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Phoenix Intellinsur: building insurance’s

Could a big-data insurance app earn the trust of mainland Chinese consumers, to the detriment of global insurers in Hong Kong?



Many of us use apps to choose a good restaurant. Comparison sites such as Policybazaar, CompareAsia and GoBear have brought the same concept to financial products. Now the service is taking off in China—with the ambitions in scale and data-crunching to match.

This week, Phoenix Finance—a financial investment platform of parent Phoenix Television group—is launching one of the first such platforms in the China market, under the brand Intellinsur. Phoenix Finance already has eight million users on its wealth-management app, and it is now extending its capabilities into insurance.

One difference between Intellinsur and other digital insurance services is that Intellinsur won’t sell any insurance products. It’s a pure third-party advisory platform.

This is in contrast to simple general-insurance products covering flight delays or car accidents, which the likes of Zhong An and other internet companies have mastered. End-to-end automation, from purchase to claim, is more difficult for life insurance. So a wave of “smart consulting” providers has emerged.

Zhong An itself is getting in on the act: earlier this year, it launched Zhong An Elf (众安精灵), to help users select suitable policies. But for now, at least, Elf is limited to Zhong An products. Intellinsur covers over 4,000 products, says Duan Hongyi, senior director for insurance at Phoenix Finance in Beijing.

“We don’t sell products,” said Vince Zhang, president of Phoenix Finance. “We must make it a completely neutral platform and solve the problem of users’ trust.” Part of that is offering this at zero fees, and monetizing the service as it gathers users and their data.

A successful business model, according to Zhang, would be like, the dominant restaurant review website in China (similar to Yelp in the U.S.).

Intellinsur combines neutrality, A.I.-based product recommendations, and what the company calls the “K factor”, an algorithm for choosing products offering the best value to a given customer.

DigFin tested the trial version of Intellinsur. After answering a dozen questions around age, gender, profession, health habits and financial status, the platform depicts an overall picture of the customers’ health and financial risks.

“We compare personal answers with industry data to give a personal risk assessment,” said Duan.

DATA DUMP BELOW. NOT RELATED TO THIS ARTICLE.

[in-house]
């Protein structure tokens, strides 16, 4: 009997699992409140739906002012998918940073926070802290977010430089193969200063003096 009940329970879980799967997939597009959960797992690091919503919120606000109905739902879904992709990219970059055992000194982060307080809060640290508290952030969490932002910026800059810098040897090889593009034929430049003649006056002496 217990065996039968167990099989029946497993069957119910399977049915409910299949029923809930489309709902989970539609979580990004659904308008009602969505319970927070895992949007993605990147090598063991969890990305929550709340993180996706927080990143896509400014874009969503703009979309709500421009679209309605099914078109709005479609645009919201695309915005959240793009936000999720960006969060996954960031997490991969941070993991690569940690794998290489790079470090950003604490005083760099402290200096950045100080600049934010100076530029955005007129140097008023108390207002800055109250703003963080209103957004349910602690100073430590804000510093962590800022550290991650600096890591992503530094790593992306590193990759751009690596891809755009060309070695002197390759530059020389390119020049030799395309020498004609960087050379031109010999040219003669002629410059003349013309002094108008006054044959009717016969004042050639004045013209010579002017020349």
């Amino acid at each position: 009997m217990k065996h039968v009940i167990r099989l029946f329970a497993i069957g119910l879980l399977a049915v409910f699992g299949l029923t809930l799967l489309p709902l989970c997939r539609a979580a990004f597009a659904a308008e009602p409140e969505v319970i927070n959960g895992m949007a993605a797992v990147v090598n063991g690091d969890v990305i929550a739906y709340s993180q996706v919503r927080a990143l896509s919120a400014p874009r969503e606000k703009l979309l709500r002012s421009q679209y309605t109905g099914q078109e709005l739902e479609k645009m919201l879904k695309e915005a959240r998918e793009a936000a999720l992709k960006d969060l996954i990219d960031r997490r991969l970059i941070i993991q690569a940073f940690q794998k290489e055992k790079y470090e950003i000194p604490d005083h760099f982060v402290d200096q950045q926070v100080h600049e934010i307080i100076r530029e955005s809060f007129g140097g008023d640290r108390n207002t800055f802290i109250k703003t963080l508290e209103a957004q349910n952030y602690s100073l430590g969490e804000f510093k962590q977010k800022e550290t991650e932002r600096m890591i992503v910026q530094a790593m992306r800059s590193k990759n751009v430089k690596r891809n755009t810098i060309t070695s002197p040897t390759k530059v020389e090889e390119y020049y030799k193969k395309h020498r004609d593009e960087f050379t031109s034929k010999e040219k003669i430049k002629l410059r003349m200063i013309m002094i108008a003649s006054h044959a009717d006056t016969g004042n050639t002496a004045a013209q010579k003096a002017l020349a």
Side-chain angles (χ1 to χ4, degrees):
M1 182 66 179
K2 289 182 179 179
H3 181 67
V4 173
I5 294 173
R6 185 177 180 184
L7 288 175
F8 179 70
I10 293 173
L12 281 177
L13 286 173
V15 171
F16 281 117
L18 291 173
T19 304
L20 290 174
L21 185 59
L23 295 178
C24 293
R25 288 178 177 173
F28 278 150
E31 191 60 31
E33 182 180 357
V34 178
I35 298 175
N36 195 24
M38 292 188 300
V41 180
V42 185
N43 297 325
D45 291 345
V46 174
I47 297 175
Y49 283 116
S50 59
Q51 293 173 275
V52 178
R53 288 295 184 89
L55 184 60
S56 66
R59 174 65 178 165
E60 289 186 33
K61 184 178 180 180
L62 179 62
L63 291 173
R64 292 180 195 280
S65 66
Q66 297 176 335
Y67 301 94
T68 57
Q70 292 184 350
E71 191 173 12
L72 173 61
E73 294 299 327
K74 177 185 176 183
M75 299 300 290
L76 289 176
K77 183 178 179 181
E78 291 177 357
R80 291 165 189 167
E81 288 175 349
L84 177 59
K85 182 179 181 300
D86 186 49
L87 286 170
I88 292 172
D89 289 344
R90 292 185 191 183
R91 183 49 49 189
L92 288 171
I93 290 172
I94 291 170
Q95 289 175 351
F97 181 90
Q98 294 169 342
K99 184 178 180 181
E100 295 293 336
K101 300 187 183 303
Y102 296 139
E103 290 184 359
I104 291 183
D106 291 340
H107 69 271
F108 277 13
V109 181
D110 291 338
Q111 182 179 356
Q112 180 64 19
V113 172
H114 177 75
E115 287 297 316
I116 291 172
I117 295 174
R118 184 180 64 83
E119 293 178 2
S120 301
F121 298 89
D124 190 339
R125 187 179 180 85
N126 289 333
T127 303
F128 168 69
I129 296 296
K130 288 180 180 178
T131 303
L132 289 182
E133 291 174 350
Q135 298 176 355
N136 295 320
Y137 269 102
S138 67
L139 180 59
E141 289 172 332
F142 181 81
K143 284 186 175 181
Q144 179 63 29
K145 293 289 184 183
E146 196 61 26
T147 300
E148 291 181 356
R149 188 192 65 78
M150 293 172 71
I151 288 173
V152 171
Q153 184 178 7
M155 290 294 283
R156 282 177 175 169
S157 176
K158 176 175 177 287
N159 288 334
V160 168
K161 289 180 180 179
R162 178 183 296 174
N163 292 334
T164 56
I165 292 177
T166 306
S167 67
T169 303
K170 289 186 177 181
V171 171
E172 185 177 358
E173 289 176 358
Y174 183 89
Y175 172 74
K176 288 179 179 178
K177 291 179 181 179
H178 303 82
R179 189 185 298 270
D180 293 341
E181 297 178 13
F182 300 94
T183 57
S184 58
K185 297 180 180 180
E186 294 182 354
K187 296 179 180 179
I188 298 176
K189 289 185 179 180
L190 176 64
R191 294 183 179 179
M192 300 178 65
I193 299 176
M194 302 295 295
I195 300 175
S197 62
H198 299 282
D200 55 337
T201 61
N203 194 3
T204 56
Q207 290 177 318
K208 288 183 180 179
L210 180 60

Intellinsur then recommends a combination of insurance products to address these risks.

For critical illness insurance, Intellinsur suggested DigFin’s reporter buy two critical-illness products, one for lifetime coverage, and the other for coverage to the age of 65, in order to cover expected medical expenses as well as to compensate for the loss of income when the user falls ill. The algo works out a budget to combine the pricey lifetime plan with a more pragmatic age-based one, assuming this reporter won’t be making income in retirement.

Such outcomes are based on Duan’s sales team collecting customer feedback over the past three years, but the A.I. is constantly being augmented.

“No book or training teach you to buy critical illness insurance in this smart way,” she said.

The firm also deploys natural language processing to train its A.I. to understand and explain the features of the thousands of products on its database. It presents descriptions in plain Chinese alongside the insurance provider’s technical information.

The final ingredient is the firm’s “K factor” to choose the ultimate product per customer, based on a net premium-to-price ratio. It’s based on calculation of products’ net costs by Phoenix actuaries. “This is our competitive edge,” Duan said.

She believes such “smart consulting” will revitalize insurance sales in mainland China.  As we know, a lot of mainlanders rush to Hong Kong to purchase insurance products and count for half of the Hong Kong markets’ sales. Phoenix believes the biggest pain point for consumers is choosing suitable products against a backdrop of low trust in traditional sales channels. Even friends-and-family recommendations are viewed with suspicion in China, she says—an attitude that has fuelled the coffers of global insurers in Hong Kong selling to mainlanders.

Duan argues that, while a human is needed for financial planning at the family level, A.I.-based services can deliver better outcomes than human salespeople for individuals, with results delivered in minutes.

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